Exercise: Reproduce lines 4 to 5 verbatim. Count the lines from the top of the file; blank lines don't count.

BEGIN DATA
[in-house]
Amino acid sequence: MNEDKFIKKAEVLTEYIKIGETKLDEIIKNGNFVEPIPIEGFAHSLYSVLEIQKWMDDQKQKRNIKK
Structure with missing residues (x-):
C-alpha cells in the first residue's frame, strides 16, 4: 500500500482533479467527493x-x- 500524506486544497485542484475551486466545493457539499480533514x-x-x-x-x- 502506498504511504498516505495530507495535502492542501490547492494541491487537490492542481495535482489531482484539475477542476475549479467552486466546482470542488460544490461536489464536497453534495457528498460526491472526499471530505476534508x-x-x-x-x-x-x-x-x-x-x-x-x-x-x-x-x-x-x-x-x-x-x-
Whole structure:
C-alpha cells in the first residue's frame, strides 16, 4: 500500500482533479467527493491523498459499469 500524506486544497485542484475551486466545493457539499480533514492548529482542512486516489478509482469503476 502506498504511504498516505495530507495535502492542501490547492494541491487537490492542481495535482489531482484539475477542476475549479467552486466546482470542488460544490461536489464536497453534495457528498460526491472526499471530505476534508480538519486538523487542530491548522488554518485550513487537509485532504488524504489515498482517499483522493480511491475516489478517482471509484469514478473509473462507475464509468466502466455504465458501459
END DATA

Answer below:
C-alpha cells in the first residue's frame, strides 16, 4: 500500500482533479467527493x-x- 500524506486544497485542484475551486466545493457539499480533514x-x-x-x-x- 502506498504511504498516505495530507495535502492542501490547492494541491487537490492542481495535482489531482484539475477542476475549479467552486466546482470542488460544490461536489464536497453534495457528498460526491472526499471530505476534508x-x-x-x-x-x-x-x-x-x-x-x-x-x-x-x-x-x-x-x-x-x-x-
Whole structure: